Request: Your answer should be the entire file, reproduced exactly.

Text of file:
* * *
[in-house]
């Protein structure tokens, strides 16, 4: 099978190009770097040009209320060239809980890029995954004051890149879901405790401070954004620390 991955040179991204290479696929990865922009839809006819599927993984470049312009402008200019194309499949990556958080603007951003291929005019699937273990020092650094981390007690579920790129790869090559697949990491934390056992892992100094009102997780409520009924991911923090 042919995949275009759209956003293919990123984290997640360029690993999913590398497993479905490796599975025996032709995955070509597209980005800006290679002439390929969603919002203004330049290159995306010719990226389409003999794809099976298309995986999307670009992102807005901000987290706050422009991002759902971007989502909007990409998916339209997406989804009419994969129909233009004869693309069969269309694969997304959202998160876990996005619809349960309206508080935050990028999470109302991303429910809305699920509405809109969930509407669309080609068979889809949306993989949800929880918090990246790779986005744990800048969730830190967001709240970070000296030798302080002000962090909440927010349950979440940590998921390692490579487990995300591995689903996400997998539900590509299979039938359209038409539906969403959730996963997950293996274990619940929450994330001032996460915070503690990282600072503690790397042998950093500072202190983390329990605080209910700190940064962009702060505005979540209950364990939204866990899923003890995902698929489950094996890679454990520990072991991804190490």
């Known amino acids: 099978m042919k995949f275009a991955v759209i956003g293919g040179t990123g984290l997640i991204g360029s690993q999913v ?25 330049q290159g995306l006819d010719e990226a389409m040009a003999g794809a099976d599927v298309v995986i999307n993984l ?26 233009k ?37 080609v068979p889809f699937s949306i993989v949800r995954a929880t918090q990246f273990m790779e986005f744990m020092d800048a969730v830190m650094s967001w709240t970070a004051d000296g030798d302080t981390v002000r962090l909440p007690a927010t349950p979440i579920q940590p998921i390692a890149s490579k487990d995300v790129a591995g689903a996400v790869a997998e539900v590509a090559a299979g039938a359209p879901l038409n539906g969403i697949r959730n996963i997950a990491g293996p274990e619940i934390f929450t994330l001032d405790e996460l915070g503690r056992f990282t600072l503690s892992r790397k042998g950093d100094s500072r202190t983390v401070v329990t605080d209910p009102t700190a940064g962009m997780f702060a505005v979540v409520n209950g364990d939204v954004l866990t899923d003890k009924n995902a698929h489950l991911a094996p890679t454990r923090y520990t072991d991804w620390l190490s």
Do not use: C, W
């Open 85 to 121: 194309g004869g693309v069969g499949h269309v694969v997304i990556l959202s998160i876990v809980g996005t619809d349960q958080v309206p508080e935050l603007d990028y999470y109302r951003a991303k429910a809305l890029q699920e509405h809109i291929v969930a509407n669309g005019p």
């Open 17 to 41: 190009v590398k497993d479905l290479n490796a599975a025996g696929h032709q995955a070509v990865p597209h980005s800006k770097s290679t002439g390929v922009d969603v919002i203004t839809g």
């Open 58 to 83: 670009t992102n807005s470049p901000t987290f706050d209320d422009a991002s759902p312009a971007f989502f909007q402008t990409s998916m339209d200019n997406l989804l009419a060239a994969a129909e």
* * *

[in-house]
């Protein structure tokens, strides 16, 4: 099978190009770097040009209320060239809980890029995954004051890149879901405790401070954004620390 991955040179991204290479696929990865922009839809006819599927993984470049312009402008200019194309499949990556958080603007951003291929005019699937273990020092650094981390007690579920790129790869090559697949990491934390056992892992100094009102997780409520009924991911923090 042919995949275009759209956003293919990123984290997640360029690993999913590398497993479905490796599975025996032709995955070509597209980005800006290679002439390929969603919002203004330049290159995306010719990226389409003999794809099976298309995986999307670009992102807005901000987290706050422009991002759902971007989502909007990409998916339209997406989804009419994969129909233009004869693309069969269309694969997304959202998160876990996005619809349960309206508080935050990028999470109302991303429910809305699920509405809109969930509407669309080609068979889809949306993989949800929880918090990246790779986005744990800048969730830190967001709240970070000296030798302080002000962090909440927010349950979440940590998921390692490579487990995300591995689903996400997998539900590509299979039938359209038409539906969403959730996963997950293996274990619940929450994330001032996460915070503690990282600072503690790397042998950093500072202190983390329990605080209910700190940064962009702060505005979540209950364990939204866990899923003890995902698929489950094996890679454990520990072991991804190490």
């Known amino acids: 099978m042919k995949f275009a991955v759209i956003g293919g040179t990123g984290l997640i991204g360029s690993q999913v ?25 330049q290159g995306l006819d010719e990226a389409m040009a003999g794809a099976d599927v298309v995986i999307n993984l ?26 233009k ?37 080609v068979p889809f699937s949306i993989v949800r995954a929880t918090q990246f273990m790779e986005f744990m020092d800048a969730v830190m650094s967001w709240t970070a004051d000296g030798d302080t981390v002000r962090l909440p007690a927010t349950p979440i579920q940590p998921i390692a890149s490579k487990d995300v790129a591995g689903a996400v790869a997998e539900v590509a090559a299979g039938a359209p879901l038409n539906g969403i697949r959730n996963i997950a990491g293996p274990e619940i934390f929450t994330l001032d405790e996460l915070g503690r056992f990282t600072l503690s892992r790397k042998g950093d100094s500072r202190t983390v401070v329990t605080d209910p009102t700190a940064g962009m997780f702060a505005v979540v409520n209950g364990d939204v954004l866990t899923d003890k009924n995902a698929h489950l991911a094996p890679t454990r923090y520990t072991d991804w620390l190490s």
Do not use: C, W
């Open 85 to 121: 194309g004869g693309v069969g499949h269309v694969v997304i990556l959202s998160i876990v809980g996005t619809d349960q958080v309206p508080e935050l603007d990028y999470y109302r951003a991303k429910a809305l890029q699920e509405h809109i291929v969930a509407n669309g005019p």
């Open 17 to 41: 190009v590398k497993d479905l290479n490796a599975a025996g696929h032709q995955a070509v990865p597209h980005s800006k770097s290679t002439g390929v922009d969603v919002i203004t839809g």
């Open 58 to 83: 670009t992102n807005s470049p901000t987290f706050d209320d422009a991002s759902p312009a971007f989502f909007q402008t990409s998916m339209d200019n997406l989804l009419a060239a994969a129909e």